NASCAR SpeedPark will shut down in Myrtle Beach, reopen next month as Grand Prix

The NASCAR SpeedPark in Myrtle Beach will shut down at the end of the day Sunday and reopen in mid-May as a resurrected form of the popular Grand Prix parks along the Grand Strand that closed in the early 2000s.

Mark Lazarus, whose family ran the two Grand Prix Family Thrill Parks along the Grand Strand until the last one closed in 2006, is bringing back the brand as the new manager of the go-kart attraction, which will be known as Broadway Grand Prix.

The attraction off U.S. 17 Bypass near 21st Avenue North, which is owned by Burroughs & Chapin Co. Inc., aims to reopen May 16, possibly earlier if the park can get rebranded and ready sooner, said Lazarus, who also is Horry County Council chairman.

The Grand Prix also will feature an overhauled “Thunder Road” track for drivers ages 16 and up either with Grand Prix cars or a racing style cart, he said.

Prices are still being set, but should be in line with the current prices, Lazarus said. But the Grand Prix will have more wristband options, with a separate price for kids under 48 inches tall, he said.

“We are going to kind of rebrand it to the Grand Prix that we had in the past that was very successful for us,” said Lazarus, who also owns Wild Water and Wheels in Surfside Beach and the O.D. Pavilion Amusement Park in North Myrtle Beach. “People all the time have been asking us about the Grand Prix.”

Lazarus’ family had operated two Grand Prix parks; one in North Myrtle Beach that shut down in 2006 and another one in Myrtle Beach that shut down in 2001 after B&C declined to renew Lazarus’ lease. Lazarus said he doesn’t have any concerns about starting this arrangement with B&C.

“No, not at all,” he said. “At the time, they just had a different direction they were going ... and what we were doing didn’t fit.”

The Grand Prix in North Myrtle Beach shut down in 2006 when the Lazarus family decided to cash in on its valuable land at the height of the real estate market and make way for a shopping center.

“We’ve regretted it ever since,” said Lazarus, who has been in the amusement business with his family for 30 years. “We’ve missed the business.”

Many of the NASCAR SpeedPark features will remain at Broadway Grand Prix, including the kids’ rides, arcade, climbing wall and skycoaster, Lazarus said. The property also has seven race tracks. The NASCAR SpeedPark opened in Myrtle Beach in 1998.

B&C, which years ago had planned to open NASCAR SpeedParks in other cities, announced the changes to the Myrtle Beach SpeedPark on Friday.

“Burroughs & Chapin is excited about the opportunity to transition the park to Broadway Grand Prix, and about its potential going forward,” Chad Carlson, a senior vice president at B&C, said in a news release. “Burroughs & Chapin will be making a substantial investment in the park and adding new attractions to the already impressive line-up. Our goal is to offer the best go-kart racing experience in the Southeast.”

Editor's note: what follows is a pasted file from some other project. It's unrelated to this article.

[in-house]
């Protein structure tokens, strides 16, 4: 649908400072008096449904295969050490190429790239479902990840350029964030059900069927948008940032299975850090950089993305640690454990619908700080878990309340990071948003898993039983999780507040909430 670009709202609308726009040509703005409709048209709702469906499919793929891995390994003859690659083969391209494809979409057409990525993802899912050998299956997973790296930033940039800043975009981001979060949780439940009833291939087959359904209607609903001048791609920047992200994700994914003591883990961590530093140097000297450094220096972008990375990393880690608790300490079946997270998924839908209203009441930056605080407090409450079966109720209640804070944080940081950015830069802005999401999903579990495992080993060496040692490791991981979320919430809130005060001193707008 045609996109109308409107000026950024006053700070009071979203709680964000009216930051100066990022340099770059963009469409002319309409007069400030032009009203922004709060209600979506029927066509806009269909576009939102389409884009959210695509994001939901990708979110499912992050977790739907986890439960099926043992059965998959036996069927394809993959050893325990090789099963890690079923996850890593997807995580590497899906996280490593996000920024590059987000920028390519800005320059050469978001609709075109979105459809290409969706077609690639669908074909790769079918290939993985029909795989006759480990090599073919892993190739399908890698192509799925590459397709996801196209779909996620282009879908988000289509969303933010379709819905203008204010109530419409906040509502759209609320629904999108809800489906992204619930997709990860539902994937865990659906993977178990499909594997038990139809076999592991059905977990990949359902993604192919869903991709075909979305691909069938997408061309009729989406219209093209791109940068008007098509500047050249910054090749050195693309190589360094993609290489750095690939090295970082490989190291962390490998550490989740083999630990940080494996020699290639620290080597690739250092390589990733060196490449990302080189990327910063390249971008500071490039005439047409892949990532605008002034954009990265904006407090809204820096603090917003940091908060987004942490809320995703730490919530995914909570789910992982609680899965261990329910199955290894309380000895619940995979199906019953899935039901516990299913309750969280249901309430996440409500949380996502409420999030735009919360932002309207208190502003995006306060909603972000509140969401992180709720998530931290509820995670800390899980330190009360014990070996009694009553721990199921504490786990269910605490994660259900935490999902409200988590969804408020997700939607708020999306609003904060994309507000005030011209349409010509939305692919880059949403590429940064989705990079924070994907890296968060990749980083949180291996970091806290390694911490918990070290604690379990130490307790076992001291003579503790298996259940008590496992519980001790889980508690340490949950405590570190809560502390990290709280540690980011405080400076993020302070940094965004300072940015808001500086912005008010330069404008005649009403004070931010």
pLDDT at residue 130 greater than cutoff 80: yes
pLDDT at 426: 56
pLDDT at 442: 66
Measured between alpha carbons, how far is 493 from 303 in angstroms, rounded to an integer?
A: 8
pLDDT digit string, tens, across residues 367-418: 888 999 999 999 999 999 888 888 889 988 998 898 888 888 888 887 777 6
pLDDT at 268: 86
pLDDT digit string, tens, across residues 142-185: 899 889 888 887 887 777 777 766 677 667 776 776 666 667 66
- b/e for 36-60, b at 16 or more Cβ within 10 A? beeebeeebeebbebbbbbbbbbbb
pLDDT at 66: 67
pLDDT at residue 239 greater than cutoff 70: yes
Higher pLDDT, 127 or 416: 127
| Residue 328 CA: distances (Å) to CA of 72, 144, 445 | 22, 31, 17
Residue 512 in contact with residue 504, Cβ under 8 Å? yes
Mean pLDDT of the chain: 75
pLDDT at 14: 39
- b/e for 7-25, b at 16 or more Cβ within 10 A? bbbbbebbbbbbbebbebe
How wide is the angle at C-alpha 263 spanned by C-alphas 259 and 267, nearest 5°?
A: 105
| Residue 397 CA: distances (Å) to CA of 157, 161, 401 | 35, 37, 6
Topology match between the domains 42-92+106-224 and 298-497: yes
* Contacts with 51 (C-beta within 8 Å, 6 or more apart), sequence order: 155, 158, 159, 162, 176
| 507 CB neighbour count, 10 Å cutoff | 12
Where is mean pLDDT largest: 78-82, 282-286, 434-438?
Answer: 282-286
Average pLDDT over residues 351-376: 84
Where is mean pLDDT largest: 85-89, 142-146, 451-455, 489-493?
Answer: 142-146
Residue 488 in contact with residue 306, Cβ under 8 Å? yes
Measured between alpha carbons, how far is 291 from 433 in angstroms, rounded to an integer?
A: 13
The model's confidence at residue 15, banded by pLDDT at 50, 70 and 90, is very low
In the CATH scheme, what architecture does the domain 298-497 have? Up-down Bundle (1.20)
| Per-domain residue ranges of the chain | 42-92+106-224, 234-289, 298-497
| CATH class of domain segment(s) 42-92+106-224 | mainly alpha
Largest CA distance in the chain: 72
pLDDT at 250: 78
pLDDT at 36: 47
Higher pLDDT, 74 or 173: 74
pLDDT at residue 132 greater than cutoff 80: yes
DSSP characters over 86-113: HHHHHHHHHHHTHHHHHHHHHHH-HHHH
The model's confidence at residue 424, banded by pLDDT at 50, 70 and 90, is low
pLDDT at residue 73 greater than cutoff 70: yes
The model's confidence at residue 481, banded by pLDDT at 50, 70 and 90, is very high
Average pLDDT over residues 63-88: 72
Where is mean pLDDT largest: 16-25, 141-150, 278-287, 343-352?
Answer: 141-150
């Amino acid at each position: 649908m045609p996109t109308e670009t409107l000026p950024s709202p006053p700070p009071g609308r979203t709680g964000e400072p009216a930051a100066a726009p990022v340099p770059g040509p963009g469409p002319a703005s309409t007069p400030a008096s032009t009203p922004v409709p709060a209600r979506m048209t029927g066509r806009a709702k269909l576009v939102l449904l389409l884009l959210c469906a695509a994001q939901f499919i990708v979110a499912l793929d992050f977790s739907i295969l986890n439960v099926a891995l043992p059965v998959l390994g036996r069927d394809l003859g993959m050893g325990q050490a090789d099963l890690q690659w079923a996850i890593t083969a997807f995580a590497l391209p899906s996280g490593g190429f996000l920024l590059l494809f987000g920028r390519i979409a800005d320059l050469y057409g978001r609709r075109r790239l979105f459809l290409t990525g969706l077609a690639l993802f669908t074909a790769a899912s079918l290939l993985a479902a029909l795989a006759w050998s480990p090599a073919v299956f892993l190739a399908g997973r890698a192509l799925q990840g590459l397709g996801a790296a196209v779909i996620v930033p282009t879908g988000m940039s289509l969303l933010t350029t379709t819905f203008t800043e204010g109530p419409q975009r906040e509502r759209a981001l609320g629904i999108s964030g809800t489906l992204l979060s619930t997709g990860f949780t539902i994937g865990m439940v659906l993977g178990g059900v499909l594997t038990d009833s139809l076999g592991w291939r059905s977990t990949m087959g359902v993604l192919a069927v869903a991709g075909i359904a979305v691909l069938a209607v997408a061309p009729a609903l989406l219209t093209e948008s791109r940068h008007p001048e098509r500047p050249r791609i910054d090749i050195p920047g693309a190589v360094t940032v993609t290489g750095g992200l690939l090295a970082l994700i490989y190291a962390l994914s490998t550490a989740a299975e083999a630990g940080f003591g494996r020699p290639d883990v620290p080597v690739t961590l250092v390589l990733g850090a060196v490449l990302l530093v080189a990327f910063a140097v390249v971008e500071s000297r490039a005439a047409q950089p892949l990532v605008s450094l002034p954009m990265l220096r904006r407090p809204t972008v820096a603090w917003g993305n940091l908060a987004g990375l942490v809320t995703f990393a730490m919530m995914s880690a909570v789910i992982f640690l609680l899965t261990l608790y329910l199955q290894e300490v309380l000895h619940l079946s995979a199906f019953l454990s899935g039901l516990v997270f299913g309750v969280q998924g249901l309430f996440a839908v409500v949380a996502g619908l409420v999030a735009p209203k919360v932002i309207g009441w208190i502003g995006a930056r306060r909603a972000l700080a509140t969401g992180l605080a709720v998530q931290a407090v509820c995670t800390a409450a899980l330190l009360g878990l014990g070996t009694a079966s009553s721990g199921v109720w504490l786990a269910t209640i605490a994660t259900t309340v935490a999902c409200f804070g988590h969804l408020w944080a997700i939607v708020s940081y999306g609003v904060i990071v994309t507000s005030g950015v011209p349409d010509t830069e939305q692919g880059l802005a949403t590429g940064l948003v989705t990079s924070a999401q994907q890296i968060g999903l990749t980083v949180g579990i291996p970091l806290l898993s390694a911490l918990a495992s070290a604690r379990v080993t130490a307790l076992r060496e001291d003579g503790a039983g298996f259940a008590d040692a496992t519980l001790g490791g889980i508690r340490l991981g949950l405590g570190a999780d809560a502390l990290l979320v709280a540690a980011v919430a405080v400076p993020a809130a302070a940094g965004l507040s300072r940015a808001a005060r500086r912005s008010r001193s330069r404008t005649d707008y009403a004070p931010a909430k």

Officials will be investing between $250,000 and $500,000 in the next few weeks rebranding, painting and doing other small upgrades, Lazarus said. More substantial upgrades are expected in 2015, when crews have more time in the off-season to prepare the park for next year’s busy summer season. Details of next year’s upgrades are still being worked out.

Jacksonville-Fla.-based PARC Management had operated NASCAR SpeedPark in Myrtle Beach – one of only two such parks in the country – since 2008. It owns the NASCAR SpeedPark brand, and said it plans to focus on the only other one, in Sevierville, Tenn., while aiming to open more of them in other cities.

“The NASCAR SpeedPark Myrtle Beach has been a successful location for our company,” PARC CEO Randy Drew said in a news release. “PARC recently decided to focus resources on enhancing our Sevierville, Tenn., NASCAR SpeedPark location, as well as on expanding the development and operation of new concept parks and additional NASCAR SpeedParks.

“Burroughs & Chapin’s interest in creating a new future for the park provided the opportunity for PARC to turn its attention to those other priorities.”

PARC will no longer have a presence in Myrtle Beach. As of Friday, it no longer manages Myrtle Waves Water Park because of an ownership change, PARC spokeswoman Krishelle Hancock said. No other details on any changes at Myrtle Waves, which hasn’t yet opened for the season, were available Friday afternoon.

PARC and B&C also severed ties recently with another amusement hub in Myrtle Beach. Broadway Amusement Rides LLC recently took over management from PARC of what has been known as the Pavilion Nostalgia Park at Broadway at the Beach, which B&C owns. New rides already have been installed.

Bill Prescott, a local who operates rides such as the Slingshot on Ocean Boulevard, is the registered agent for Broadway Amusement Rides.

B&C has declined to elaborate on its strategy with rides and amusements at Broadway at the Beach.